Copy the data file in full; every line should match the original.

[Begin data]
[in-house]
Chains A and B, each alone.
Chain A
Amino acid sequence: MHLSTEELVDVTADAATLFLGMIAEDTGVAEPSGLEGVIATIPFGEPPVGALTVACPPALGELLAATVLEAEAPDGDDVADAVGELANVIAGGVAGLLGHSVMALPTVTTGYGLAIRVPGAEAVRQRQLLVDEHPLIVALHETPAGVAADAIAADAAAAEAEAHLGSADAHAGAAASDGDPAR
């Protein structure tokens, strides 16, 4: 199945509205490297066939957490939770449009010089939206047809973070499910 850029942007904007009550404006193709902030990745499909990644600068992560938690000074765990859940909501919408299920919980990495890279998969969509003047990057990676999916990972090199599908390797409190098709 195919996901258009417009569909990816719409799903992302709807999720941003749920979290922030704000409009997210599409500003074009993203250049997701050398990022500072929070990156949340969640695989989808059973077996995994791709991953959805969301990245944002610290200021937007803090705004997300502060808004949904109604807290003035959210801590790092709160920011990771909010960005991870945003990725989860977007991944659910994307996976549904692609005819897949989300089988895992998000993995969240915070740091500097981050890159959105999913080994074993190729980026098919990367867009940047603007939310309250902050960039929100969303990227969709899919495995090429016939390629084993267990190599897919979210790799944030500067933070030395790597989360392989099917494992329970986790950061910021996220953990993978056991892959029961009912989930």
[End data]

[in-house]
Chains A and B, each alone.
Chain A
Amino acid sequence: MHLSTEELVDVTADAATLFLGMIAEDTGVAEPSGLEGVIATIPFGEPPVGALTVACPPALGELLAATVLEAEAPDGDDVADAVGELANVIAGGVAGLLGHSVMALPTVTTGYGLAIRVPGAEAVRQRQLLVDEHPLIVALHETPAGVAADAIAADAAAAEAEAHLGSADAHAGAAASDGDPAR
């Protein structure tokens, strides 16, 4: 199945509205490297066939957490939770449009010089939206047809973070499910 850029942007904007009550404006193709902030990745499909990644600068992560938690000074765990859940909501919408299920919980990495890279998969969509003047990057990676999916990972090199599908390797409190098709 195919996901258009417009569909990816719409799903992302709807999720941003749920979290922030704000409009997210599409500003074009993203250049997701050398990022500072929070990156949340969640695989989808059973077996995994791709991953959805969301990245944002610290200021937007803090705004997300502060808004949904109604807290003035959210801590790092709160920011990771909010960005991870945003990725989860977007991944659910994307996976549904692609005819897949989300089988895992998000993995969240915070740091500097981050890159959105999913080994074993190729980026098919990367867009940047603007939310309250902050960039929100969303990227969709899919495995090429016939390629084993267990190599897919979210790799944030500067933070030395790597989360392989099917494992329970986790950061910021996220953990993978056991892959029961009912989930």